Government plans to tackle childhood obesity fall flat

The Government’s new plan to reduce childhood obesity is disappointingly thin.


This August, the Government published their long-awaited plan to tackle childhood obesity, titled Childhood Obesity: A Plan for Action. Given that nearly a third of children are overweight or obese, leading to catastrophic health risks in later life, we had high hopes that the government’s  plan would make serious gains in tackling the problem. For over a year, numerous health charities including Public Health England have published strategies that must be included in the plan to prevent obesity, type 2 diabetes, heart disease and stroke, but the government have ignored them.

The failings of the new plan are in spite of the fact that a leaked draft of the report was publicly slammed for being far too unambitious in July. Not only was the plan not strengthened, it was significantly weakened. The majority of Public Health England’s demands to reduce sugar consumption and to tackle obesity were scrapped, notably including restrictions on marketing and advertising aimed at children, or cut-priced-promotions, for products high in sugar, salt and saturated fat.

The plan misses the point with flimsy calls for sugar reduction and more sport in schools

The plan includes a voluntary target for the food industry to reformulate foods so that they contain 20% less sugar, but doesn’t even mention fat. There are  only unspecified ‘levers’ to be implemented as far away as 2020 if companies don’t respond to the ‘challenge’ of reducing sugar in their products. This won’t lead to the reduction in calories needed to make an impact.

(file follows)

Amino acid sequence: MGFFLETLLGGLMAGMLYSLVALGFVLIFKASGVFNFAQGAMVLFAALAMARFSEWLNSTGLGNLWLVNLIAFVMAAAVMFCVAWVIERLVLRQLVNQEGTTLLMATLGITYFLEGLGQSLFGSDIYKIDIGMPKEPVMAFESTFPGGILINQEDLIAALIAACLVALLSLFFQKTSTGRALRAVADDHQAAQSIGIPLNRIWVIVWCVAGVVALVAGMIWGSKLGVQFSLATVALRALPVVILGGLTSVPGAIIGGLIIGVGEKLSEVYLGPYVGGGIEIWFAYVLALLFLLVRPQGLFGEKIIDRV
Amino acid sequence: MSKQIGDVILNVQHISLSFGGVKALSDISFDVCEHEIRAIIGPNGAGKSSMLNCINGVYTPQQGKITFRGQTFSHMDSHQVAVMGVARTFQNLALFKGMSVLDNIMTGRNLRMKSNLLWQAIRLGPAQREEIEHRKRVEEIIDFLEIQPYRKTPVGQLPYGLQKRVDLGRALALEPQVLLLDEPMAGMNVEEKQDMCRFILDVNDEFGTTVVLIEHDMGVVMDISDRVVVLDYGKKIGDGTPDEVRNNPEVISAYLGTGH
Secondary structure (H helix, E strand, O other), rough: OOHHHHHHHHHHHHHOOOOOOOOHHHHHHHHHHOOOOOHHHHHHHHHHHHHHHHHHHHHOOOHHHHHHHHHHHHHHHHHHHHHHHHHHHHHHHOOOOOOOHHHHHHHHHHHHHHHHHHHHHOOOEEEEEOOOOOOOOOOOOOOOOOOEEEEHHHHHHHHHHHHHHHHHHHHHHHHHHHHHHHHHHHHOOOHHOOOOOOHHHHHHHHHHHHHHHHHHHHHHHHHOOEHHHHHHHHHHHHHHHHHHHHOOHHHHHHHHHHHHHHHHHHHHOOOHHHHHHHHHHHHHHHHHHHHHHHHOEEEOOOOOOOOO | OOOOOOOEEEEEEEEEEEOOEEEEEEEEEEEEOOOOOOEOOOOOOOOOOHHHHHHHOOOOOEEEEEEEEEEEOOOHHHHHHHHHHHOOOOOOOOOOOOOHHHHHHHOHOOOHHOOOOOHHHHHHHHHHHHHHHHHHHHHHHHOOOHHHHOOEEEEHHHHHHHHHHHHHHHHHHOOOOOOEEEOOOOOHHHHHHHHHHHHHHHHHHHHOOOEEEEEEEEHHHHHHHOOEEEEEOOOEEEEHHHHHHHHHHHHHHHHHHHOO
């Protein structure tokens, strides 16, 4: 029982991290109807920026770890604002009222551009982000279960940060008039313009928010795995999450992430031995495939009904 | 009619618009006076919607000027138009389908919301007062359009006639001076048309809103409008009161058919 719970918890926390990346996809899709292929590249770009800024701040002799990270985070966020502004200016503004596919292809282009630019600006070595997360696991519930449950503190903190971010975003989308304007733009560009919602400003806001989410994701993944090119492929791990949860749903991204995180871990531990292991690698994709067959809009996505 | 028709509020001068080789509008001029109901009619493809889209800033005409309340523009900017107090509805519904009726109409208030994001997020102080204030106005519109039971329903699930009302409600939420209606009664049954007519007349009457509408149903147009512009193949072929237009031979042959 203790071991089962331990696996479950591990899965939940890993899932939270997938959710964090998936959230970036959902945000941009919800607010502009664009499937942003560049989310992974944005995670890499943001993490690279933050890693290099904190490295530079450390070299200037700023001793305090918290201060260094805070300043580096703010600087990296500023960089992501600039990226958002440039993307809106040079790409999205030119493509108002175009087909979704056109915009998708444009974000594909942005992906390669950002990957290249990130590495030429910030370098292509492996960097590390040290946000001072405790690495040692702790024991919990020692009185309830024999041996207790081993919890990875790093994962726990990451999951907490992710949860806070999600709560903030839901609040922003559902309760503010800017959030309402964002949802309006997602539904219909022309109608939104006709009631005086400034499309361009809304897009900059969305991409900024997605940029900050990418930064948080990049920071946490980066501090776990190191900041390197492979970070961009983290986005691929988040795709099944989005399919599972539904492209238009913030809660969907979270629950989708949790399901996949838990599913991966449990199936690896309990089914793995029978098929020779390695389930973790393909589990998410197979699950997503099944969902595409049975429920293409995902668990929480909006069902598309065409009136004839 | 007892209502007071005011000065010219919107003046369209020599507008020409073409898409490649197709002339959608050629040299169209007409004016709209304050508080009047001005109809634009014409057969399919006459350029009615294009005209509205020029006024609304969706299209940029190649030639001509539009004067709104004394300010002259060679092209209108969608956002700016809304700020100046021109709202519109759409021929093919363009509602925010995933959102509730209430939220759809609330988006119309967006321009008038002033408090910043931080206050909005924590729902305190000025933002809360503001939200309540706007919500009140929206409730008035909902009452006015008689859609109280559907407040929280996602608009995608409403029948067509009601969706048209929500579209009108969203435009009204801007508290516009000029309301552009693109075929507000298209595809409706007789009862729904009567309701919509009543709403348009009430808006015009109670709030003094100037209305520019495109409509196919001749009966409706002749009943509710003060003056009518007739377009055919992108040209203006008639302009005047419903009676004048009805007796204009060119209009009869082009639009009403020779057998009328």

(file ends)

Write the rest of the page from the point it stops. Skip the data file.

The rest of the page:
Professor Graham McGregor, Chairman of Blood pressure UK, has called the plan “the Responsibility Deal mark two - where Andrew Lansley made the food industry responsible for policing themselves”, referring to the limp 2011 Government calls for the food industry to put less salt in food to lower the nations’ blood pressure.  

The plan also puts much of the onus on schools to provide more opportunities for sport, showing a lack of understanding of the issue. As important as exercise is for health, it is not a solution in tackling population health and childhood obesity. Instead, we need our new Health Minister to insist on evidence-based measures such as banning the sponsorship of unhealthy food and drink brands at large sporting events such as the recent Rio Olympics. 

The Obesity Plan will not tackle the economic challenges for the NHS 

The Plan concludes “We are confident that our approach will reduce childhood obesity while respecting consumer choice, economic realities and, ultimately, our need to eat”. The stark reality is that this Obesity Plan will not tackle the reality of economic challenges that the NHS is currently facing due to consequences of an unhealthy diet. The government has shied away from demonstrating that public health and childhood obesity are a priority for them and this is an unforgivable missed opportunity to launch what should have been one of the UK’s most important public health programmes.

A sad day for public health

On the release of the new plan, Professor Graham MacGregor said: "Today is a sad day for public health. It is an insulting response to the UK crisis in obesity type 2 diabetes both in children and adults. This will bankrupt the NHS unless something radical is done."

Find out more 

Read the Childhood Obesity plan in full  

See the Obesity Health Alliance’s response to the plan 

Read more about the plan and responses from other organisations in the BBC’s coverage 

See how the media reacted to the plan